CHICAGO/NEW YORK (Reuters) - The Chicago Board Options Exchange for the first time opened the door to a possible sale, becoming the latest market operator to respond to a global takeover frenzy that some say is just beginning.
Chief Executive William Brodsky said CBOE Holdings Inc’s focus on equity derivatives has kept it competitive against larger rivals, but remaining a niche player “may not be the only way that we will succeed,” he told Reuters in an interview on Wednesday.
Brodsky’s comments, in an interview in his office above the trading floor, appeared to leave the door open to joining the consolidation wave that has rocked the industry, though he did not suggest any particular deal was under consideration.
Nearly two weeks after London Stock Exchange bid for Canada’s TMX Group, and Germany’s Deutsche Boerse’s takeover plans for NYSE Euronext were revealed, the strategic maneuvering is in full throttle.
Nasdaq OMX Group Inc could also jump into the fray to avoid being left behind as a spate of tie-ups figure to revamp today’s sharply competitive and increasingly interconnected exchange landscape.
The CBOE is the largest of the nine U.S. options venues, its parent having gone public last year to free it up to possibly do deals. Long seen as a takeover target, the company has since stressed its focus on remaining independent.
At a February 8 board meeting, a day before news of the most recent mega-mergers broke, CBOE management told directors that it would not be opposed to a transaction, though no specific possibilities were outlined, according to a source with direct knowledge of the matter.
In the last couple of weeks, the source said, many emailed and verbal messages have been exchanged internally on how CBOE will respond to the rash of merger plans. Any change to strategy is expected to help drive the company’s agenda in the weeks and months ahead, the source said.
CBOE shares jumped 5.8 percent after the Reuters report, underscoring the sensitivity and volatility of exchange shares in recent weeks. CBOE stock closed up 1.6 percent at $26.39 on Wednesday.
Nasdaq’s shares closed flat, a day after a source said it could launch a rival bid for archrival NYSE Euronext.
Nasdaq’s other options include tying up with futures-oriented IntercontinentalExchange Inc or CME Group Inc in order to wrest NYSE from its planned $10.2 billion takeover by Deutsche Boerse, the source familiar with the matter said.
Putting even more cost and technology pressure on the traditional bourses, BATS Global Markets said last week that it had agreed to snap up fellow privately held stock exchange operator Chi-X Europe.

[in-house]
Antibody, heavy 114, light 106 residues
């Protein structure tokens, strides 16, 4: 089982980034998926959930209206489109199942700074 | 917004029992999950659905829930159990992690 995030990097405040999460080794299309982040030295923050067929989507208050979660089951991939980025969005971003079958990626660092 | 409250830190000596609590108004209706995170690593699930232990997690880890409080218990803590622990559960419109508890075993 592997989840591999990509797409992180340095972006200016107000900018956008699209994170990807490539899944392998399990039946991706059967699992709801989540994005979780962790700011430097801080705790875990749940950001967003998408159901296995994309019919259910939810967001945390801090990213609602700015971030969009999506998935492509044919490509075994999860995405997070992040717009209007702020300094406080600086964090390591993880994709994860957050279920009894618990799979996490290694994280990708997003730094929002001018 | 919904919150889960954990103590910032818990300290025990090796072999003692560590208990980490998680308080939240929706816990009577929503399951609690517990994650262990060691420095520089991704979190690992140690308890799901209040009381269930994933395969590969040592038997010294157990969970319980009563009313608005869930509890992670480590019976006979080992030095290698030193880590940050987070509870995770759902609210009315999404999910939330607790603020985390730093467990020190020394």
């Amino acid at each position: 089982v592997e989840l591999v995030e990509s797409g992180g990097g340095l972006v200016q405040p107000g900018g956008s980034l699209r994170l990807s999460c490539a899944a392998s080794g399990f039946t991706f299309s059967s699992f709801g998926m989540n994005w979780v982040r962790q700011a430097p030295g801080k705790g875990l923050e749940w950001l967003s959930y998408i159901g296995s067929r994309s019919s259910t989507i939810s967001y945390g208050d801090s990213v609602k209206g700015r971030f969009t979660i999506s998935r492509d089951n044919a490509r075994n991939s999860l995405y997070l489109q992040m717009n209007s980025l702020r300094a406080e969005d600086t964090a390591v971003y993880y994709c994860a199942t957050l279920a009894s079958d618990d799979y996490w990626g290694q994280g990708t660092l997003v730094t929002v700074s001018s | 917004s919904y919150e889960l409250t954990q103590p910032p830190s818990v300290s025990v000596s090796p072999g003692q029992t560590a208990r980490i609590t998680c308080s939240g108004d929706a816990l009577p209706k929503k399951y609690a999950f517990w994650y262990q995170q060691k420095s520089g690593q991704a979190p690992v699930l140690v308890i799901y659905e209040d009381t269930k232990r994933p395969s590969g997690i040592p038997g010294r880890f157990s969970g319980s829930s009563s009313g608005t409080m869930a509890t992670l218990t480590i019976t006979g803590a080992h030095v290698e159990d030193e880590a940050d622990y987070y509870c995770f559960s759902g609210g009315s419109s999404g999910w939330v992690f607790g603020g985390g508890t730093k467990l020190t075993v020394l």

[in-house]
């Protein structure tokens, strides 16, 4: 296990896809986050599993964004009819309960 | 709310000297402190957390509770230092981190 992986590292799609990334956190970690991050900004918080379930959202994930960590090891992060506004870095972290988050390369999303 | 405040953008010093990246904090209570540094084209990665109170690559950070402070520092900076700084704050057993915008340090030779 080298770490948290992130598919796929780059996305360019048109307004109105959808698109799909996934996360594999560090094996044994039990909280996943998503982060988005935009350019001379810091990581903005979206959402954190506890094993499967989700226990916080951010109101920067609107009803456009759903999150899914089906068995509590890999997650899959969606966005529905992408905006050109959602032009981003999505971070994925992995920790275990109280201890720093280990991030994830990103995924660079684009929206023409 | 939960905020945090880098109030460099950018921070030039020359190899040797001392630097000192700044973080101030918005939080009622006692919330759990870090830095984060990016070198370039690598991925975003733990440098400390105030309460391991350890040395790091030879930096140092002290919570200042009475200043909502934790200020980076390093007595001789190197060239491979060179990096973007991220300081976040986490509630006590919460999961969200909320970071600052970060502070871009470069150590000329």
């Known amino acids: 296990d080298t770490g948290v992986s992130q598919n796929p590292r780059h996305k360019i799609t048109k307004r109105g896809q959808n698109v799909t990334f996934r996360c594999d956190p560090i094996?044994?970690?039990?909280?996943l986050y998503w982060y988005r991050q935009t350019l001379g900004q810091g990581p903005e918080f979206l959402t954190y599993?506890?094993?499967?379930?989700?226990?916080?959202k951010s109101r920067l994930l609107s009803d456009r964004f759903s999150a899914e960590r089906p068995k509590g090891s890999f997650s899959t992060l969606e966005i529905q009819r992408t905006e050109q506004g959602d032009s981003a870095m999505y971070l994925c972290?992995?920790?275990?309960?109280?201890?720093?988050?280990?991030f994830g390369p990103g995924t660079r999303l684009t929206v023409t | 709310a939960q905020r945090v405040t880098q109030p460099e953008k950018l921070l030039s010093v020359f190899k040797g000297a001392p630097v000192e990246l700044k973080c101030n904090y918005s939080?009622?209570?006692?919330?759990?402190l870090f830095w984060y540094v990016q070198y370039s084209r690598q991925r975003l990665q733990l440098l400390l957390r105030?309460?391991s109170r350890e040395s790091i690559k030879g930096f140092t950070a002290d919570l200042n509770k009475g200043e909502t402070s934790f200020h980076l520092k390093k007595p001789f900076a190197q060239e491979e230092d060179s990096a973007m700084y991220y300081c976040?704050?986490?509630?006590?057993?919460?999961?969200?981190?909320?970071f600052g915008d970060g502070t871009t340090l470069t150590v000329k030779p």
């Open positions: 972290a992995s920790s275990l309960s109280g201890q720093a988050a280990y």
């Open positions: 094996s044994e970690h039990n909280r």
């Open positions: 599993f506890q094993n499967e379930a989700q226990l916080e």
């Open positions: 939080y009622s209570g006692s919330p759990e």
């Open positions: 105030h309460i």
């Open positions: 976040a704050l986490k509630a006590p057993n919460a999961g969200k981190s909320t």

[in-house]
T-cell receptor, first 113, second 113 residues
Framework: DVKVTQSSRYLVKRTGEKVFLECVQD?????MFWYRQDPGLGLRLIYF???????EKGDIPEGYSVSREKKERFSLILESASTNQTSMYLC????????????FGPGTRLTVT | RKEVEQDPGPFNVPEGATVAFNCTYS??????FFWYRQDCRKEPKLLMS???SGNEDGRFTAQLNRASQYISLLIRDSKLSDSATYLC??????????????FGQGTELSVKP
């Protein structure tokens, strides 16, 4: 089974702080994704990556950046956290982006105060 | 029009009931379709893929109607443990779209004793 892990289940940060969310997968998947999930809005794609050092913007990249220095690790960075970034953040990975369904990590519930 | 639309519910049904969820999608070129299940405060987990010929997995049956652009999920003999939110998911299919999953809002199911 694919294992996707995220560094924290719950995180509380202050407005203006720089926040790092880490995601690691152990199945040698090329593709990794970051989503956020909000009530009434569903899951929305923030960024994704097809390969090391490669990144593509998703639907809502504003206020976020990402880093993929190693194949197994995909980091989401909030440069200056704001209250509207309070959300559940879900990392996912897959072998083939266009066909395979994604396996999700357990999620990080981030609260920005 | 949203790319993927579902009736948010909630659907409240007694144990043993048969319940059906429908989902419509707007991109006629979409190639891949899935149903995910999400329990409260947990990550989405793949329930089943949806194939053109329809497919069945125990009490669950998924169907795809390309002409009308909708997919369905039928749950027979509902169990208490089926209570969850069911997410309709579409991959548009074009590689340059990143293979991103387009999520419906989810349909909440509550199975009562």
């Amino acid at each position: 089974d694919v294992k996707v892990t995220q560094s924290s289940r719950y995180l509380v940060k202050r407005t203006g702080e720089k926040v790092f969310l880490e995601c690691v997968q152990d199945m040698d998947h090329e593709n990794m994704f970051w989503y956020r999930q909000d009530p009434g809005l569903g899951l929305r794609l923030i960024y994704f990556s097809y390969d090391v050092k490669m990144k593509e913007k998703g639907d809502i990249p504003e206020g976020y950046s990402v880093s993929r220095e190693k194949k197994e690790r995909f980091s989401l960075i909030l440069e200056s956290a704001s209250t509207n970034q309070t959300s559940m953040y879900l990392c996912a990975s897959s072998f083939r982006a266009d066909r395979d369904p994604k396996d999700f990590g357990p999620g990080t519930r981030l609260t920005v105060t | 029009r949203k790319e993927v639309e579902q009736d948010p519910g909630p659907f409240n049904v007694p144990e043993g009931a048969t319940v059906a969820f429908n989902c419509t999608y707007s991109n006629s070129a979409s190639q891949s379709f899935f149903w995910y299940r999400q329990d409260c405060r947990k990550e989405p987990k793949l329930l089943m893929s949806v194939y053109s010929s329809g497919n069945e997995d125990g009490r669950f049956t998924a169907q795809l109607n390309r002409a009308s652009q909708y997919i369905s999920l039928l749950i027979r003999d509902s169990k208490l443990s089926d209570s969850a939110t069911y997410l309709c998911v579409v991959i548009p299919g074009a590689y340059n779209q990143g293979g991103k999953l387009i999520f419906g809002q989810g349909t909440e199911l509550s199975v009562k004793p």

The traditionals have responded by reviving a consolidation wave that last crested nearly five years ago, with the aim of diversifying into more profitable derivatives businesses.
The latest wave was kicked off by a $7.9-billion bid by Singapore Exchange for the Australia stock exchange operator ASX Ltd late last year. The previous flurry ended with the financial crisis.
LSE Chief Executive Xavier Rolet said consolidation would only continue.
“In five years there’ll be three, four international exchange groups with global distribution capabilities,” Rolet told Reuters in an interview on Wednesday.
“The start of the second generation of consolidation in the exchange world is just that ... We’re just getting started, guys.”
But regulatory and political questions have cast doubt on the spate of deals, which span four continents, several countries and most asset classes.
The Hessian Ministry of Economics, which controls Deutsche Boerse’s operating license, said it will use adequate means to defend Frankfurt’s interests as a financial center in the proposed merger deal with NYSE Euronext.
That deal, the biggest of those in play, has drawn concerns from New York to Paris to Frankfurt over whether it would ultimately benefit local economic interests.
In Canada, the Ontario Securities Commission said on Wednesday it will assess whether the LSE’s proposed takeover of the Toronto Stock Exchange parent is in “the public interest” — though that concept remains difficult to define.
Back in London, Rolet said he saw some good support in Canada for the deal but expected “some tense moments.”
Asia, meanwhile, runs the risk of being left behind, given its tough regulatory regimes, cumbersome ownership structures and protectionist-minded governments.
Thailand’s market regulator said that most of South East Asia’s stock exchanges are several years away from getting involved in global bourse consolidation.
Additional reporting by Paritosh Bansal in New York, Luke Jeffs in London, Rachel Armstrong in Singapore; Writing by Anshuman Daga and Alexander Smith; Editing by Neil Fullick, Jon Loades-Carter, Jane Merriman, Phil Berlowitz